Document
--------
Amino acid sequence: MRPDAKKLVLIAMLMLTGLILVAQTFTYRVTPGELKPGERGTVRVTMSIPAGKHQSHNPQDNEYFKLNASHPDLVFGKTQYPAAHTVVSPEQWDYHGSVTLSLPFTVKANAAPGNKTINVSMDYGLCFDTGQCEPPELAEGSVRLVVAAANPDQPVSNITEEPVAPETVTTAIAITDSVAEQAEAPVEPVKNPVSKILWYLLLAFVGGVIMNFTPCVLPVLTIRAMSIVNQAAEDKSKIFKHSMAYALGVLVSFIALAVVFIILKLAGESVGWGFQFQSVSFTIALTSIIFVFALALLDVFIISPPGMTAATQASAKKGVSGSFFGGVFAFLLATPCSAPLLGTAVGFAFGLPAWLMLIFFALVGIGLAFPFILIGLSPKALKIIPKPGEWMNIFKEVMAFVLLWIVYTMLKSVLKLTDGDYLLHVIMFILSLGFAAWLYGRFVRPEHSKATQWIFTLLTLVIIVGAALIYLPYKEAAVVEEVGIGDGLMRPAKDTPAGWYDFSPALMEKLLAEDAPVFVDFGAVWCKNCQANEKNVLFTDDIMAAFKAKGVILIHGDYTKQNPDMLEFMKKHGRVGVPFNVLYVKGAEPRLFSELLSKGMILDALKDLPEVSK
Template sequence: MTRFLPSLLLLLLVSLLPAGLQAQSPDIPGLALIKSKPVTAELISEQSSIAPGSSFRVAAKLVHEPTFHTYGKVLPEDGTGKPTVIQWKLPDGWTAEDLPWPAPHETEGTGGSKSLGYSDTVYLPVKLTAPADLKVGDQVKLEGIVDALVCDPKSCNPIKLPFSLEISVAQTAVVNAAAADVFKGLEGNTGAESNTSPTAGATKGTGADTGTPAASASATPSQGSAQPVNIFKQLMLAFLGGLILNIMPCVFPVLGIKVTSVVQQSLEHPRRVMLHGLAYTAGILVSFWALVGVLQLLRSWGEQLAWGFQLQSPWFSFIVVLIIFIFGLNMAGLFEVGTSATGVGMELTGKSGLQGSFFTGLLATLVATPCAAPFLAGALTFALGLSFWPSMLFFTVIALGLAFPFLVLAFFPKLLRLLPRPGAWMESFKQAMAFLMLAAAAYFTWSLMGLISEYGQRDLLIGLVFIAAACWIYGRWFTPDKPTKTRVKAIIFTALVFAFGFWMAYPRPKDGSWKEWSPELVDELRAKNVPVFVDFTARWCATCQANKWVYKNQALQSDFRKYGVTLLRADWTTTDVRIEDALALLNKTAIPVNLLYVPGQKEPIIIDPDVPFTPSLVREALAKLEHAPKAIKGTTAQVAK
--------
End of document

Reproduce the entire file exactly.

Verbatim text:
Amino acid sequence: MRPDAKKLVLIAMLMLTGLILVAQTFTYRVTPGELKPGERGTVRVTMSIPAGKHQSHNPQDNEYFKLNASHPDLVFGKTQYPAAHTVVSPEQWDYHGSVTLSLPFTVKANAAPGNKTINVSMDYGLCFDTGQCEPPELAEGSVRLVVAAANPDQPVSNITEEPVAPETVTTAIAITDSVAEQAEAPVEPVKNPVSKILWYLLLAFVGGVIMNFTPCVLPVLTIRAMSIVNQAAEDKSKIFKHSMAYALGVLVSFIALAVVFIILKLAGESVGWGFQFQSVSFTIALTSIIFVFALALLDVFIISPPGMTAATQASAKKGVSGSFFGGVFAFLLATPCSAPLLGTAVGFAFGLPAWLMLIFFALVGIGLAFPFILIGLSPKALKIIPKPGEWMNIFKEVMAFVLLWIVYTMLKSVLKLTDGDYLLHVIMFILSLGFAAWLYGRFVRPEHSKATQWIFTLLTLVIIVGAALIYLPYKEAAVVEEVGIGDGLMRPAKDTPAGWYDFSPALMEKLLAEDAPVFVDFGAVWCKNCQANEKNVLFTDDIMAAFKAKGVILIHGDYTKQNPDMLEFMKKHGRVGVPFNVLYVKGAEPRLFSELLSKGMILDALKDLPEVSK
Template sequence: MTRFLPSLLLLLLVSLLPAGLQAQSPDIPGLALIKSKPVTAELISEQSSIAPGSSFRVAAKLVHEPTFHTYGKVLPEDGTGKPTVIQWKLPDGWTAEDLPWPAPHETEGTGGSKSLGYSDTVYLPVKLTAPADLKVGDQVKLEGIVDALVCDPKSCNPIKLPFSLEISVAQTAVVNAAAADVFKGLEGNTGAESNTSPTAGATKGTGADTGTPAASASATPSQGSAQPVNIFKQLMLAFLGGLILNIMPCVFPVLGIKVTSVVQQSLEHPRRVMLHGLAYTAGILVSFWALVGVLQLLRSWGEQLAWGFQLQSPWFSFIVVLIIFIFGLNMAGLFEVGTSATGVGMELTGKSGLQGSFFTGLLATLVATPCAAPFLAGALTFALGLSFWPSMLFFTVIALGLAFPFLVLAFFPKLLRLLPRPGAWMESFKQAMAFLMLAAAAYFTWSLMGLISEYGQRDLLIGLVFIAAACWIYGRWFTPDKPTKTRVKAIIFTALVFAFGFWMAYPRPKDGSWKEWSPELVDELRAKNVPVFVDFTARWCATCQANKWVYKNQALQSDFRKYGVTLLRADWTTTDVRIEDALALLNKTAIPVNLLYVPGQKEPIIIDPDVPFTPSLVREALAKLEHAPKAIKGTTAQVAK